Change search
CiteExportLink to record
Permanent link

Direct link
Cite
Citation style
  • apa
  • harvard1
  • ieee
  • modern-language-association-8th-edition
  • vancouver
  • Other style
More styles
Language
  • de-DE
  • en-GB
  • en-US
  • fi-FI
  • nn-NO
  • nn-NB
  • sv-SE
  • Other locale
More languages
Output format
  • html
  • text
  • asciidoc
  • rtf
Creating and sustaining successful knowledge management in purposeful communities: summary of key experiences from pioneers
University of Borås, School of Business and IT.
University of Borås, School of Business and IT.
2008 (English)In: Systems research and behavioral science, ISSN 1092-7026, E-ISSN 1099-1743, Vol. 25, no 5, 615-626 p.Article in journal (Refereed)
Abstract [en]

Based on research organized as a number of workshops, case studies and interviews with experienced practitioners as well as academics, we present in this report the most important findings on how to create and sustain successful knowledge management in a community environment. The cases, workshops and interviews deal specifically with the Microsoft Solutions Sharing Network (SSN) program, but the findings, conclusions and preliminary recommendations can be applied more generally to the development of any knowledge management community. A key conclusion is that the bulk of efforts toward creating successful knowledge management communities focus oil less technical, or softer aspects like leadership, culture, social settings and value of participation. However, these are essential, but not sufficient, ingredients for success. Technical issues, issues regarding development and customization of the tools used to facilitate knowledge management (for example, the SSN web portal), and emerging legal issues surrounding the sharing of intellectual property UP) may be perceived as somewhat less important to the participants, but are nevertheless key factors in the long term success of these communities. It is also concluded that the foundation for successful collaboration is primarily laid in the initial phases of community development. A community must make a positive impression oil its participants from the very beginning because most people will not give it a second chance. In this report we have highlighted three important areas to consider when establishing portals for knowledge management: Leadership, Purpose and Process/Infrastructure. A leadership with high credibility in the subject is needed to lead the participants in the right direction, manage the cultural processes and to make sure that relevant content can be found. Initially it is the content that brings people to a specific community. Thus, there has to be some common purpose that not only needs to be in congruence with the professional role of the participants but also be inspiring for them as well. Additionally, the community should have some sort of process that the participants can understand and suits the way they would like to interact. Face-to-face meetings and networking activities create trust which is important to get the process started. Language, IT platform, support and rules governing the contribution, creation and sharing of 'knowledge' for the community are other concerns that need to be considered within the process. Copyright (c) 2009 John Wiley & Sons, Ltd.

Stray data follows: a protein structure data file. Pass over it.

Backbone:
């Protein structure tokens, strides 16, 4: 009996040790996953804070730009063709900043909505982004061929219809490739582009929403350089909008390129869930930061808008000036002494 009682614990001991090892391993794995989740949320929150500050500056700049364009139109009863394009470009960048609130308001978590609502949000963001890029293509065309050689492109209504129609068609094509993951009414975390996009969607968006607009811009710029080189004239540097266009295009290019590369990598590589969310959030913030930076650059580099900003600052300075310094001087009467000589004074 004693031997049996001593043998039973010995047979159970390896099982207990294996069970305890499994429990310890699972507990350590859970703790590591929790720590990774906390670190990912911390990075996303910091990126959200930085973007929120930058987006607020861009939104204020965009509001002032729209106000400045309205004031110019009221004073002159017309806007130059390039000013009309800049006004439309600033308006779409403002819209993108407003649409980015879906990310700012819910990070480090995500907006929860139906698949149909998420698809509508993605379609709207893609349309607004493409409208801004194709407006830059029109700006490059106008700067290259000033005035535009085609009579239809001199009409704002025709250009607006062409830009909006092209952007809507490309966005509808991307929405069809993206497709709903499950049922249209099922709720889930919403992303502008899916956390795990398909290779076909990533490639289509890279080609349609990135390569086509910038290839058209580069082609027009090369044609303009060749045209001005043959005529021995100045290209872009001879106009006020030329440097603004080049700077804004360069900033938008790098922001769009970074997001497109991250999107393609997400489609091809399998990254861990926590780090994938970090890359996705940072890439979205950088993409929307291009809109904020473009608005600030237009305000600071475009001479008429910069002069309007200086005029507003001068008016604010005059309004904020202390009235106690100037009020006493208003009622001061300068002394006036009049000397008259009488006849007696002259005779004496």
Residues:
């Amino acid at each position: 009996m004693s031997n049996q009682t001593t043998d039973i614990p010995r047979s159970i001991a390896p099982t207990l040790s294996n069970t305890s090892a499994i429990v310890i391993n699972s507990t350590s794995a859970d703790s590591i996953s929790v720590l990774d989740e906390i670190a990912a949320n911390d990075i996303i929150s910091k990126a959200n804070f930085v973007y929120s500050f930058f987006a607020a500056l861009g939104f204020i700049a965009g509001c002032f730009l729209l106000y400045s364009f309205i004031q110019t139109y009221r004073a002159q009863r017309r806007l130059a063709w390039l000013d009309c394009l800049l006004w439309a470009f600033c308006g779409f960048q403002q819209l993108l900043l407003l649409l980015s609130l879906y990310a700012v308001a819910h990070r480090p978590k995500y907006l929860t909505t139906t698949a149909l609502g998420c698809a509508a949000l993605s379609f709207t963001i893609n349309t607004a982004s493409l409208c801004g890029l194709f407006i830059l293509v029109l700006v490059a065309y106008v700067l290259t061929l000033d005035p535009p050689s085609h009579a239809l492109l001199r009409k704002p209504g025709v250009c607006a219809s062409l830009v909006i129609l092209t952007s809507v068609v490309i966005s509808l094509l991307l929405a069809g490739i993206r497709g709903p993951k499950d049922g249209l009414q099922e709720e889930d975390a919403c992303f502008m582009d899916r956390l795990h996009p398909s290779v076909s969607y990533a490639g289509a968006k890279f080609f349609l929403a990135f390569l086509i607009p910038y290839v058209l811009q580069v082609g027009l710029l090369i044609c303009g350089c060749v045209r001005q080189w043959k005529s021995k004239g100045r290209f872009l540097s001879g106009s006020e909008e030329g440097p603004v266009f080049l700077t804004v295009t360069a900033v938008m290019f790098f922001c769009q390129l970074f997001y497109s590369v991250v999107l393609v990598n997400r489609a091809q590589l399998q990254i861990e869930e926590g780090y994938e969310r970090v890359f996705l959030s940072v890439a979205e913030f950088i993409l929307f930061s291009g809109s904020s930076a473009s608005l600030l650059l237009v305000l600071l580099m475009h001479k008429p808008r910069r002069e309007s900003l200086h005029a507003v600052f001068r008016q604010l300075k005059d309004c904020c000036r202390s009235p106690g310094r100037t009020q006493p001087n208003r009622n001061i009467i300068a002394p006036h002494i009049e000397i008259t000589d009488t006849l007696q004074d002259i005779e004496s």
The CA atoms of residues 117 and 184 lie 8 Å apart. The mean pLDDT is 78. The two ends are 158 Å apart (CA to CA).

Place, publisher, year, edition, pages
John Wiley & Sons, Ltd , 2008. Vol. 25, no 5, 615-626 p.
Keyword [en]
communities, purposeful communities, success factors for communities, Co-design
National Category
Information Systems
Identifiers
URN: urn:nbn:se:hb:diva-2621DOI: 10.1002/sres.936Local ID: 2320/5411OAI: oai:DiVA.org:hb-2621DiVA: diva2:870715
Available from: 2015-11-13 Created: 2015-11-13

Open Access in DiVA

No full text

Other links

Publisher's full text

Search in DiVA

By author/editor
Albinsson, LarsForsgren, Olov
By organisation
School of Business and IT
In the same journal
Systems research and behavioral science
Information Systems

Search outside of DiVA

GoogleGoogle Scholar

Altmetric score

Total: 164 hits
CiteExportLink to record
Permanent link

Direct link
Cite
Citation style
  • apa
  • harvard1
  • ieee
  • modern-language-association-8th-edition
  • vancouver
  • Other style
More styles
Language
  • de-DE
  • en-GB
  • en-US
  • fi-FI
  • nn-NO
  • nn-NB
  • sv-SE
  • Other locale
More languages
Output format
  • html
  • text
  • asciidoc
  • rtf